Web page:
Wednesday, December 24, 2008

Is a New Food Policy on Obama’s List?

Parents want better public-school lunches. Consumer groups are dreaming of a new, stronger food safety system. Nutrition reformers want prisoners to be fed less soy. And a farmer in Maine is asking the president-elect to plow under an acre of White House lawn for an organic vegetable garden.

Although Mr. Obama has proposed changes in the nation’s farm and rural policies and emphasizes the connection between diet and health, there is nothing to indicate he has a special interest in a radical makeover of the way food is grown and sold.

Some want him to appoint a chef who cooks with local ingredients; some want their guy in Agriculture. Get in line.

As for Michelle Obama, she has said in interviews that she tries to buy organic food and watches the amount of high-fructose corn syrup in her family’s diet. And, as she confided on “The View” on ABC, “We’re bacon people.”

Pig is good.

Food advocates aren’t the only ones whose hopes for the new administration received a quick kick to the curb. A coalition of more than 140 environmental groups and scientists sent letters supporting one candidate to lead the Department of the Interior. Mr. Obama chose someone else. Multiply that by every special interest and it becomes clear that just because changing the food system is the first priority for some, it isn’t so for everyone. The pragmatists among the food reformers understand.

Some complain that Tom Vilsack is just another shill for Monsanto and corporate agribusiness. He ain't a radical, for sure, but seems to have a little different outlook on things. Yes, he was Iowa governor, likes corn-based ethanol. But, let's be realistic.

“This president is taking over when the economy is the worst it has been in our lifetime and we are in the middle of wars,” said Ann Cooper, the chef who transformed the school food program for the Berkeley Unified School District in California and is about to do the same in Boulder, Colo. “I think it’s somewhere between naïve and fairy tale to think his No. 1 focus is going to be on food.”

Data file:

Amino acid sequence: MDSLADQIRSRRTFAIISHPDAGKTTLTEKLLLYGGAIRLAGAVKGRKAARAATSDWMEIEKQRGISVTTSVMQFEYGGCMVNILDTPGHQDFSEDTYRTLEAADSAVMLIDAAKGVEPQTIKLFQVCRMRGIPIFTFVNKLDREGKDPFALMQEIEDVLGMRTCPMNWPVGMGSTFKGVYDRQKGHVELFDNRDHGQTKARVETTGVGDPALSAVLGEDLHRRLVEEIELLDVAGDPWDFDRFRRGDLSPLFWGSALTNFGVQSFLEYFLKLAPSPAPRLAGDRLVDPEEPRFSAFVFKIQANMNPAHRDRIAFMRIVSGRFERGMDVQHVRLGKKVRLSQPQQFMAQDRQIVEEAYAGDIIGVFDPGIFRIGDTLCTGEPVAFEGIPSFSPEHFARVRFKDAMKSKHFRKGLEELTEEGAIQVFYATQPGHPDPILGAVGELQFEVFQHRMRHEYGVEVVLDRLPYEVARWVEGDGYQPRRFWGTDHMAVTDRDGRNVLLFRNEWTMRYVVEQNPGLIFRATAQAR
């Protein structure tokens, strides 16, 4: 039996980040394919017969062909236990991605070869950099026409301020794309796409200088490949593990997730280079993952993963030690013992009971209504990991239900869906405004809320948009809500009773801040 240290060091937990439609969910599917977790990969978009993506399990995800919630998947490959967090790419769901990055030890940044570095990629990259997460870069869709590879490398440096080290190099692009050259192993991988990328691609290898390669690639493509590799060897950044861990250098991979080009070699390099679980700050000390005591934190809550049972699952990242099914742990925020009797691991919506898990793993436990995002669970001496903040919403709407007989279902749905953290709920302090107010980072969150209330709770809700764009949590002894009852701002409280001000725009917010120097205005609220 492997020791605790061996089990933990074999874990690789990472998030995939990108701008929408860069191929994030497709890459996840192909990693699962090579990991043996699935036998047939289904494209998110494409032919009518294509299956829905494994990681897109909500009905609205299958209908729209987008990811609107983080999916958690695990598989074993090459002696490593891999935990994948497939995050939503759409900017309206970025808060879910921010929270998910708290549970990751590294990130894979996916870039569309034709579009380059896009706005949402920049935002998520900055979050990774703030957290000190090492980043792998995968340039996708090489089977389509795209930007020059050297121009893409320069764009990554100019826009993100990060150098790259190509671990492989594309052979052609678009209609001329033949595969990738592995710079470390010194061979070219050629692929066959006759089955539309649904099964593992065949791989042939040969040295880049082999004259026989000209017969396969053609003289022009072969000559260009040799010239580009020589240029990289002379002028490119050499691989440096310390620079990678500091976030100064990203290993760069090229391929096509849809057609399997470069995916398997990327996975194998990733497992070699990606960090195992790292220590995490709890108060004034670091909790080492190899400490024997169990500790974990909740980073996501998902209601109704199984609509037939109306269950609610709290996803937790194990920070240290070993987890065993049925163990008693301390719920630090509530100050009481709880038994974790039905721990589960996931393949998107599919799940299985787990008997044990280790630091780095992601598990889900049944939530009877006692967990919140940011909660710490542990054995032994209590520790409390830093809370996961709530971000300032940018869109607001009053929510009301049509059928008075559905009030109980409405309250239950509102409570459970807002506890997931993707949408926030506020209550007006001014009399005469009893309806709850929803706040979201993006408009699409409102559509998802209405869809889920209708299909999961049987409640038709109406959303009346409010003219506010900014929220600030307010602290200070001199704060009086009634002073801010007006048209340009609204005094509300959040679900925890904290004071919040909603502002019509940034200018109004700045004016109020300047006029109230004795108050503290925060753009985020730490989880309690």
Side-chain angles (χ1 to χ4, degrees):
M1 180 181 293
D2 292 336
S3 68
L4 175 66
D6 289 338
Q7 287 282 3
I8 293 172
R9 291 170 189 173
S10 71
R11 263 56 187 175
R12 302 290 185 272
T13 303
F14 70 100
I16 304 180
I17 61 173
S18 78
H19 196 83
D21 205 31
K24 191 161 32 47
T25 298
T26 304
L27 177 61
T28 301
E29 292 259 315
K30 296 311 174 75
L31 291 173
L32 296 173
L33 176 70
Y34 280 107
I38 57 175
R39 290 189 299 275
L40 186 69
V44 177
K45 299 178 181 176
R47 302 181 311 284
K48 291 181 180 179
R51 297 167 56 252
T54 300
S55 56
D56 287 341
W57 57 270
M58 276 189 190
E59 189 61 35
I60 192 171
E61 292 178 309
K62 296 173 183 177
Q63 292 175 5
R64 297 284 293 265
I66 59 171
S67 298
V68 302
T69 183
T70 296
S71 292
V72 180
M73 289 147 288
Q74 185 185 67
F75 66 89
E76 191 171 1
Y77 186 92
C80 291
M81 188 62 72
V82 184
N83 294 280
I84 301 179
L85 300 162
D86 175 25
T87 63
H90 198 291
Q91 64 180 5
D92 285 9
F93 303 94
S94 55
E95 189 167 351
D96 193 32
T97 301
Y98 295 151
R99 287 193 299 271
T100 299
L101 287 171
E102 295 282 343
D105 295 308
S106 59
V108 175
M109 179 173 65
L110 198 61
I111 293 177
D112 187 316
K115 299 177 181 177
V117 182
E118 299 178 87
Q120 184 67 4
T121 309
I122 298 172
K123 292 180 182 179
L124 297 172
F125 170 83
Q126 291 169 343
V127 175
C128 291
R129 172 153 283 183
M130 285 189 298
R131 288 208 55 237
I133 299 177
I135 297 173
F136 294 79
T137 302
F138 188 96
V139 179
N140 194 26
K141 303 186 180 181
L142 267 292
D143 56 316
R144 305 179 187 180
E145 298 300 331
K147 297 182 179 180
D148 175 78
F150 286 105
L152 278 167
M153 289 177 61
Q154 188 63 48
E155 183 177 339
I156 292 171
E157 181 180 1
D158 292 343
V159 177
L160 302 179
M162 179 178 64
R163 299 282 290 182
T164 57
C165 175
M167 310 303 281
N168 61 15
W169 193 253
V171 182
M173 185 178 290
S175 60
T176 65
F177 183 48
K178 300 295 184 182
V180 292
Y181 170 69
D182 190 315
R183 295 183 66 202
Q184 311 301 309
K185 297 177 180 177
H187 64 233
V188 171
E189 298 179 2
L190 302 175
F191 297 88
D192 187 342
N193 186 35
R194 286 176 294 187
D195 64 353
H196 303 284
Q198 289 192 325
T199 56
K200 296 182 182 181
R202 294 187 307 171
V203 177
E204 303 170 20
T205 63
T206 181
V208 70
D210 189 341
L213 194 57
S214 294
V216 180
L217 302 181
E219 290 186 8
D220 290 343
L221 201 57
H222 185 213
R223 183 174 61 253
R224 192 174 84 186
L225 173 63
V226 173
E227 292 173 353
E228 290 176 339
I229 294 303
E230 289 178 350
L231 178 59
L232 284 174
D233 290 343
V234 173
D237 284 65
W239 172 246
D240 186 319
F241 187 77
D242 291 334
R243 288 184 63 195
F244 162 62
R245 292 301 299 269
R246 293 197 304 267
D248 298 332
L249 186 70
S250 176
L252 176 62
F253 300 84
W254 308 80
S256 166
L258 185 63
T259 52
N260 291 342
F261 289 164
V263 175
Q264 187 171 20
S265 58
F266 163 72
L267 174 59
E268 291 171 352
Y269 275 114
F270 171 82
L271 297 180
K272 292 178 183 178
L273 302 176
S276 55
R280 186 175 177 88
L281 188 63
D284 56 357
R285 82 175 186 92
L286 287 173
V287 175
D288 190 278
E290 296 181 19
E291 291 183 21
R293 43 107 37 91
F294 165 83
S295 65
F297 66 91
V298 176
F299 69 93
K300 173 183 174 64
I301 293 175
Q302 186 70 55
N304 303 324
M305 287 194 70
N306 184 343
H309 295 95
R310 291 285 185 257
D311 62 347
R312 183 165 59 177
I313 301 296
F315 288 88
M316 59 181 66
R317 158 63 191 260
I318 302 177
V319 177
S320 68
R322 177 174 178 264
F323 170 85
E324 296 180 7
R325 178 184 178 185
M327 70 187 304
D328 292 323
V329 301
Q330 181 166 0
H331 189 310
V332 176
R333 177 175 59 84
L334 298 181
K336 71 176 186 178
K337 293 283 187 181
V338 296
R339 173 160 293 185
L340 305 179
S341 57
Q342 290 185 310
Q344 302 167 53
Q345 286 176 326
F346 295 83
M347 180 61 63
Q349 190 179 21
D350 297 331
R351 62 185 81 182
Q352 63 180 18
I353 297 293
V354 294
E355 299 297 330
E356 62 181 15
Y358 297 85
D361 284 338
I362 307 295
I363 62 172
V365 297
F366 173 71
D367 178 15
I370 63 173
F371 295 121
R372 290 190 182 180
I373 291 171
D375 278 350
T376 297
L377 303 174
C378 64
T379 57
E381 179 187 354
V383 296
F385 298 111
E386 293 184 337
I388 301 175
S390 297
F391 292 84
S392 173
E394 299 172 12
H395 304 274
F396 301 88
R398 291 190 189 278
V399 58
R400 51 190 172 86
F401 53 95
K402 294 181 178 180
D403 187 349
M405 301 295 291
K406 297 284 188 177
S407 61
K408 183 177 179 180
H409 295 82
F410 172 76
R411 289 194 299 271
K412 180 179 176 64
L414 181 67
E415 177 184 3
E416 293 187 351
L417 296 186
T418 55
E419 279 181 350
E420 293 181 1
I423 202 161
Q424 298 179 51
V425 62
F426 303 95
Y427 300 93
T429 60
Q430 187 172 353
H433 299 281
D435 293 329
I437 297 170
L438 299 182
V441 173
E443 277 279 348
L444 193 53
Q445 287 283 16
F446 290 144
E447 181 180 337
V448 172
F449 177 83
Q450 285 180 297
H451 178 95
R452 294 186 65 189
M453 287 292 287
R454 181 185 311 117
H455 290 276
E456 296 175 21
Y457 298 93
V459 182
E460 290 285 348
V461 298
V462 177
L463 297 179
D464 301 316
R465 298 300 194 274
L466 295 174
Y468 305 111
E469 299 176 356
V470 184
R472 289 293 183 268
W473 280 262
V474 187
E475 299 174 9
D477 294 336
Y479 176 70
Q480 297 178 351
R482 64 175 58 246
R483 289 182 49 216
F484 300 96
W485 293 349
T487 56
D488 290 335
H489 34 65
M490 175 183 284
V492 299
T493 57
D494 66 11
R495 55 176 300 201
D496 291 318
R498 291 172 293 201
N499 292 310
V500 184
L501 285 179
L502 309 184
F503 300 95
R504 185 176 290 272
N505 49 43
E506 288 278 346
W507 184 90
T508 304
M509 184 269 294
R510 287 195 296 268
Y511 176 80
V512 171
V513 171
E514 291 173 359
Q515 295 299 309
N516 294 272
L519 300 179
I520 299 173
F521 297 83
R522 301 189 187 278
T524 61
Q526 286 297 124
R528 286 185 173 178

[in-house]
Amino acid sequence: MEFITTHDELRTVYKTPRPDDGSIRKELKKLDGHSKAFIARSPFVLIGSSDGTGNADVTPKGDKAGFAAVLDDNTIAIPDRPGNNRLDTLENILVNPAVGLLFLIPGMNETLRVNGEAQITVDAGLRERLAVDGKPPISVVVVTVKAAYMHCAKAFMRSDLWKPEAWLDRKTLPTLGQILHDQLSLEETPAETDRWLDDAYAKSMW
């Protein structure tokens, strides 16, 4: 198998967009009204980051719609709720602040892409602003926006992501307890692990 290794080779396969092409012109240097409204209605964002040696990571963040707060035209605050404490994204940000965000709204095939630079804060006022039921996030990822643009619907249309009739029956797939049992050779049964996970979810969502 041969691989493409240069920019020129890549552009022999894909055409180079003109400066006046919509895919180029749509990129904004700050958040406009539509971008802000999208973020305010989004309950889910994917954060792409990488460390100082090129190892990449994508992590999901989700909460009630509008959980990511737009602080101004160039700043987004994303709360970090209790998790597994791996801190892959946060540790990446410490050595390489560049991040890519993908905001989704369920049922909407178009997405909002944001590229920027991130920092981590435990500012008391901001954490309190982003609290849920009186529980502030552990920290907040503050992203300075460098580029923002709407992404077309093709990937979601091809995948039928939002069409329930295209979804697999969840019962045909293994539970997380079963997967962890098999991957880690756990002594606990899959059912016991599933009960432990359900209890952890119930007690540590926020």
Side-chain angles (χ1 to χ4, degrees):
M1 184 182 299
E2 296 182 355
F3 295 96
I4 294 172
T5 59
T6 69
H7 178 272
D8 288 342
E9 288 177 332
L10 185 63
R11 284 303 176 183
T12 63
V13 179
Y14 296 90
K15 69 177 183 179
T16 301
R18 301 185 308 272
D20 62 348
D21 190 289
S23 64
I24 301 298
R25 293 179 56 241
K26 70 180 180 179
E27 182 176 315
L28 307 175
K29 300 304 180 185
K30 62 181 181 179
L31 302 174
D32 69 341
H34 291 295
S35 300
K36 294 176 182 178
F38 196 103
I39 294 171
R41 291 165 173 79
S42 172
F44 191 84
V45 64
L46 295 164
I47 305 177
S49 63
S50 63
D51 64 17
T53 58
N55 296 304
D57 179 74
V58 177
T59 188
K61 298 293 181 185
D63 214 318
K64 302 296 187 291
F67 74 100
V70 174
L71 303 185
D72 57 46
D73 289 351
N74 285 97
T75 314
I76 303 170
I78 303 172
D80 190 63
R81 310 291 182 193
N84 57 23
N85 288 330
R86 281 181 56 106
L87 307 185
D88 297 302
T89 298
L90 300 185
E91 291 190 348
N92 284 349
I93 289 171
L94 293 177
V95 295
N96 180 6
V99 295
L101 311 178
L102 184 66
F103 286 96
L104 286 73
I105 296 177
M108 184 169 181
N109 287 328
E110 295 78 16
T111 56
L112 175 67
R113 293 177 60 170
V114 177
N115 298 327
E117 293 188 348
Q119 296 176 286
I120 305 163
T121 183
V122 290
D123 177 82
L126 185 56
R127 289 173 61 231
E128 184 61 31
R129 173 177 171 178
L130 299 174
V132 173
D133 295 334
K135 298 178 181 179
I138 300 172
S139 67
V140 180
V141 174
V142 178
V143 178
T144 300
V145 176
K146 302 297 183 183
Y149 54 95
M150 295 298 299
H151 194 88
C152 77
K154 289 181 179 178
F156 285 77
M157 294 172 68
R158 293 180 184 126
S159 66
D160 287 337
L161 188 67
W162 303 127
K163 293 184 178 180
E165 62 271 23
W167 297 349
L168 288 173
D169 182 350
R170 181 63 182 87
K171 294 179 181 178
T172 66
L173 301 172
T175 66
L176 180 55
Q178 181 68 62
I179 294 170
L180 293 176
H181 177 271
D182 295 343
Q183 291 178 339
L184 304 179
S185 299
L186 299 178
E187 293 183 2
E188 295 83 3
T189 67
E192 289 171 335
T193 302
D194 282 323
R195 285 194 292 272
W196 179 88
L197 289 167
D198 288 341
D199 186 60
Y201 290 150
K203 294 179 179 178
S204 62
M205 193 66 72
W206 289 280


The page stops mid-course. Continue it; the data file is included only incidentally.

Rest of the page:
Still, she has her own little wish, which is that the new president will move responsibility for school food programs to the Department of Education or the Department of Health and Human Services from the Department of Agriculture. That way, the focus might shift away from the commodity foods that are the backbone of most school lunches and toward menus tailored to the health and development of children.

Now, that makes a lot of sense, and is practical.

A chef who cooks local and organic food and picks some of it from a presidential garden could change things faster than any cabinet appointment, Ms. Reichl said. “It’s like the hat manufacturers being furious because J. F. K. didn’t wear a hat, and suddenly everyone in America stopped wearing hats,” she said. “It’s that simple.”

That also makes sense.

Is a New Food Policy on Obama’s List?
Steve Brodner -To advocates who have watched calls for changes in food policy gather political and popular momentum, Barack Obama looks like their kind of president.

For sustainability: Paul Willis, right, and his Iowa neighbor David Murphy have favorite candidates for top jobs in the Department of Agriculture.

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